Be Ready For Infrastructure Collapse – Part 1, by J330

I feel a pressing need to share with you some things I have learned about the industry in which I am employed.

I am very blessed to have grown up on a working farm in a close-knit rural community in the south. I come from a long line of vegetable gardeners, lunchroom ladies and short-order cooks, and the main order of business has always been to get food on the table and all that this entails. I still live on the same 100-acre property that I grew up on. We grow chickens, pigs, cattle, hay and vegetables. We have abundant wildlife, wooded mountain acreage, a fruit orchard and wild blackberries. The property has three ponds, a natural spring, and a well.

My husband is a jack of all trades and always seems to know how to make anything useful and efficient with a little welding and mechanic work. We are financially stable enough to have food stocks, medicine and seeds stored away. I have like-minded able-bodied friends and family. I feel somewhat secure that I can feed my family as long as I still have control over my own land. If I don’t, then my family and I are already dead anyway. Bugging out has never been an option that I could live with. I know I am in a much better place and position than most. I never had a huge realization (like some of the writers that I enjoy reading on this blog) that I needed to be prepared, it was just always there, a normal way of life.

I work part-time at a small local utility. I mainly answer the office phone, file paperwork, and take payments. The utility provides water to less than 2,500 customers. It is an easy job with excellent benefits and I am very thankful to have it.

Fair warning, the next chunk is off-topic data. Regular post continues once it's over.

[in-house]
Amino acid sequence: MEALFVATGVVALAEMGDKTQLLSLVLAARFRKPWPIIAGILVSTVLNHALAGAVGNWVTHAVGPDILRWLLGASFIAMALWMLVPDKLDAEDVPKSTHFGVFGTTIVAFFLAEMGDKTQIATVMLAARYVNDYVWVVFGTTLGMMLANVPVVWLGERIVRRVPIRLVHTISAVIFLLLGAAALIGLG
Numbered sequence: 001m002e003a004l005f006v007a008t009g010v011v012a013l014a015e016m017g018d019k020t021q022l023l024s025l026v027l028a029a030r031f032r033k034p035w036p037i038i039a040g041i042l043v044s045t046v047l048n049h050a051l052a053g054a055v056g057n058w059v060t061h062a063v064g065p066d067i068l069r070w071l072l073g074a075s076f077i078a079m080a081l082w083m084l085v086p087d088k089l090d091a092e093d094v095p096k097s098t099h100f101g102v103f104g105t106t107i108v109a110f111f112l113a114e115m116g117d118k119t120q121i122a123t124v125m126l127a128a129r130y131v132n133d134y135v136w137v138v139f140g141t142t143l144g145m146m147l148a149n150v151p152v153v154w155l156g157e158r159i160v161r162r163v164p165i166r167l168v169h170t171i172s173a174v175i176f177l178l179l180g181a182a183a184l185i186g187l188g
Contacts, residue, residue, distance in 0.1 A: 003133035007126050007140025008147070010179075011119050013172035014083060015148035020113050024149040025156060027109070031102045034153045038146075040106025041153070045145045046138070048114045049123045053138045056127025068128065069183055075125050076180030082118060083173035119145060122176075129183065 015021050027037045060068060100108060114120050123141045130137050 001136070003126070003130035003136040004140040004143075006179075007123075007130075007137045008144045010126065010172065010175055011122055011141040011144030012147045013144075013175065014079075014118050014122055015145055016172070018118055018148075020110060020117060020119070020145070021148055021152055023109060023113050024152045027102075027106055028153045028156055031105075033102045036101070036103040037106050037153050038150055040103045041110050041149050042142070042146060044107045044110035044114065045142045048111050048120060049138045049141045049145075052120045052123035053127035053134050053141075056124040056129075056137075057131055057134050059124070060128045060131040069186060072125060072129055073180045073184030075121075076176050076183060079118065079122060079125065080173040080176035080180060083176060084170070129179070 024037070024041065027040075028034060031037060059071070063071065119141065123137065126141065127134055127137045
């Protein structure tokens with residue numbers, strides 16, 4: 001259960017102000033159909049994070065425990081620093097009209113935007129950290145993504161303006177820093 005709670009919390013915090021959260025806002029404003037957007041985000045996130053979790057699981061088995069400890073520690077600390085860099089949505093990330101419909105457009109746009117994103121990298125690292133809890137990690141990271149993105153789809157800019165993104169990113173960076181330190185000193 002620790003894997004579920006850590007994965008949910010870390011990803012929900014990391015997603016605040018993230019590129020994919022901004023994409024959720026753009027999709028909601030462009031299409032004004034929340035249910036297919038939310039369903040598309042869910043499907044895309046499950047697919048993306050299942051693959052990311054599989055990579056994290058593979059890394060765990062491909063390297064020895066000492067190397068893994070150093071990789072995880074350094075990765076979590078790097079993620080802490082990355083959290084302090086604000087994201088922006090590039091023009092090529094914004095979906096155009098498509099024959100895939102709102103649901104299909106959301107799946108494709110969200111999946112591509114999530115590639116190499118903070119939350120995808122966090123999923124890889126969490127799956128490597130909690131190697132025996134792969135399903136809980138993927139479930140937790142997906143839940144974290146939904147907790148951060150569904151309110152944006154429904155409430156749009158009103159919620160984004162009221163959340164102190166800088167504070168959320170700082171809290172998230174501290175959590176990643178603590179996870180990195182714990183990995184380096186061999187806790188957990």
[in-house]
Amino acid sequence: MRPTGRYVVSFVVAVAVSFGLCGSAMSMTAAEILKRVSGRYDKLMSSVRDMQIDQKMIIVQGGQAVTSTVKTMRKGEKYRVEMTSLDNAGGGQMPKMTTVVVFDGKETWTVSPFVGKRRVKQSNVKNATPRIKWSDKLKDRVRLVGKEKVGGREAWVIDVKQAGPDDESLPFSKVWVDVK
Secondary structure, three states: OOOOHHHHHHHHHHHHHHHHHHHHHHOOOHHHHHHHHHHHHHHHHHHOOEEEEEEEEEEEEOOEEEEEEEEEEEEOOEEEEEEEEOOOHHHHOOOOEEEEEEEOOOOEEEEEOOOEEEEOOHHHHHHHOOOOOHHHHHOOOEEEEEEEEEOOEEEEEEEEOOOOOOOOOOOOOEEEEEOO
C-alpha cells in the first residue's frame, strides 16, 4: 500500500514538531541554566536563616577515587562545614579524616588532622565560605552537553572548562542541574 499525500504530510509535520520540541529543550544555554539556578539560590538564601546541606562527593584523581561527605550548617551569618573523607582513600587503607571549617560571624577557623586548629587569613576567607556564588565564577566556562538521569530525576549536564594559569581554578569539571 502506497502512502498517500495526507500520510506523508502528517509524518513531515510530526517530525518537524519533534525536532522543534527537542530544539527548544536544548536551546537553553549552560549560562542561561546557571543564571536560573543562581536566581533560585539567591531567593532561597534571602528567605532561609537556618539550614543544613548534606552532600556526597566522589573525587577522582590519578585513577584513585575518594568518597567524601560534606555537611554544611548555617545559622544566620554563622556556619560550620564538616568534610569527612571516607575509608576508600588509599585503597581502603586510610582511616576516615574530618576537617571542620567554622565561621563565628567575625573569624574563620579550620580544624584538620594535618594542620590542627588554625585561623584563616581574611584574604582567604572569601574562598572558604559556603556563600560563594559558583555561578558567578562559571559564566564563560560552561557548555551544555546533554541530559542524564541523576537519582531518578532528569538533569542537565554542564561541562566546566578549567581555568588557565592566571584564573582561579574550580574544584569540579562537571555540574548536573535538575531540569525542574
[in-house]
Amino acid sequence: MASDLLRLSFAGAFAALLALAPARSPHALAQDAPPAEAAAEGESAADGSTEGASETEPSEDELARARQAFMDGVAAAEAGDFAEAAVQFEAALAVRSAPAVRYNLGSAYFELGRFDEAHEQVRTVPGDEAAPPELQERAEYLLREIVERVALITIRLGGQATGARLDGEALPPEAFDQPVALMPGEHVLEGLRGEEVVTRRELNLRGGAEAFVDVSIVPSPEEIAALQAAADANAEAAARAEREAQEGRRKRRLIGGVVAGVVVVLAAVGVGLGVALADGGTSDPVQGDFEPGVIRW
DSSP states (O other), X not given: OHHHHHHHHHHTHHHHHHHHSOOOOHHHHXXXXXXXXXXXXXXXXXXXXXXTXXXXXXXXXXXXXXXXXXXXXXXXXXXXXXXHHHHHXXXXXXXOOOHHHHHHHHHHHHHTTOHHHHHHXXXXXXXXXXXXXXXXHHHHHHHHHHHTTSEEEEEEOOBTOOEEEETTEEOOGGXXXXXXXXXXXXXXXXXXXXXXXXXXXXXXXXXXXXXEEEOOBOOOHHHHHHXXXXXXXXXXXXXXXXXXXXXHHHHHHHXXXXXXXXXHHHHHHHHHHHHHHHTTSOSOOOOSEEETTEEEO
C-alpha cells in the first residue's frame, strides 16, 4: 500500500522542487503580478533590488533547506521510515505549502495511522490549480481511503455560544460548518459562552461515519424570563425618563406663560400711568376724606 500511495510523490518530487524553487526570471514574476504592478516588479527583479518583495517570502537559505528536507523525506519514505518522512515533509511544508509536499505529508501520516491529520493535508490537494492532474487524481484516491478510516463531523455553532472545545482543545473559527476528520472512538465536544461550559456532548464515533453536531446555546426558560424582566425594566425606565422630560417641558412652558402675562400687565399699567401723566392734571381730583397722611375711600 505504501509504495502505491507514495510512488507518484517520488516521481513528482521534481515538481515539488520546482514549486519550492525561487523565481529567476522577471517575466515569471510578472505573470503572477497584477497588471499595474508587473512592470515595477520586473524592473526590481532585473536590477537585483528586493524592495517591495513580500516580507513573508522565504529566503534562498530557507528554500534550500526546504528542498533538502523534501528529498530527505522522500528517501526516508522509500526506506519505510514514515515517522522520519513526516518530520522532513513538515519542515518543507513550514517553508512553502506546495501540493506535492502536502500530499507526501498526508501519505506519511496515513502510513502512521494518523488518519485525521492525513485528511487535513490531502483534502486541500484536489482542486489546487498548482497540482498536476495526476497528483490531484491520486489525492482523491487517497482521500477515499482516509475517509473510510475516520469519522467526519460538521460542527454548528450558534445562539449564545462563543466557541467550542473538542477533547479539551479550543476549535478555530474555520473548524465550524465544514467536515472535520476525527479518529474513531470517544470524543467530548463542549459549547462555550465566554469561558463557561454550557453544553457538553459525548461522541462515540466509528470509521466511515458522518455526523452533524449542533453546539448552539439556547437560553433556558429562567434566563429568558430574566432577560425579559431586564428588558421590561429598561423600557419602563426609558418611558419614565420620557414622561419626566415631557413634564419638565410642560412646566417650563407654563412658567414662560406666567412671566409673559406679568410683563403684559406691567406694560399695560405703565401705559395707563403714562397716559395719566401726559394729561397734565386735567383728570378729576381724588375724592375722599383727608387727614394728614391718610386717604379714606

I am, however, often dismayed at the instability of the utility structures in the area that I live in. I am not knowledgeable enough about the electric and natural gas and propane industries enough to discuss much about them, but I will say that the entire industry of utilities is interwoven. The water utility that I work for is extremely reliant on electricity to pump water where we need it to go and to keep wastewater from going where we don’t want it to go. When the power goes out, we go scrambling to find a generator big enough to run the pump station. The office is dead in the water – no phones, no computers, no internet. That means that we can’t effectively communicate with our customers about the status of our system or their individual service connections – both of which are important in an emergency.

Water and Power

I realize that commonsense will tell you all this. But the point I want to emphasize to the general public is that you cannot depend on public utilities at all for being able to quickly operate at normal level during any type of disaster scenario. We often have tornadoes in this area. And because tornadoes are so hit and miss, the chances of everyone being out of power at the same time are pretty low. But we have had some close calls. In one example, the entire area was out of power for two weeks because the Tennessee Valley Authority (TVA) equipment one hundred miles away was damaged in a tornado and the parts to repair it had to be ordered from another part of the world. How would that turn out now, with Covid-19 having such an effect on international manufacturing and shipping?

Why don’t utilities have adequate generators on hand? And plenty of extra parts and materials stored on site? And extra trained laborers always available to work whenever disaster strikes? An alternate source of water, gas, or power supply in case their primary supplier can’t functionally supply their demand?

These are all good questions. And, as you probably already know, the answer is money. Most utilities are not there to make a profit, only to provide a service to the public. Some utilities are private, some are public corporations owned by members, and some are government entities governed by a city or county. But they almost never actually make a profit. Utilities rely on grants and loans and raising rates on the customers when it becomes necessary to upgrade the system, and sometimes just to make the balance sheet work. Larger utilities probably have better disaster plans in place, but I am only familiar with smaller systems in my area.

Some Concerns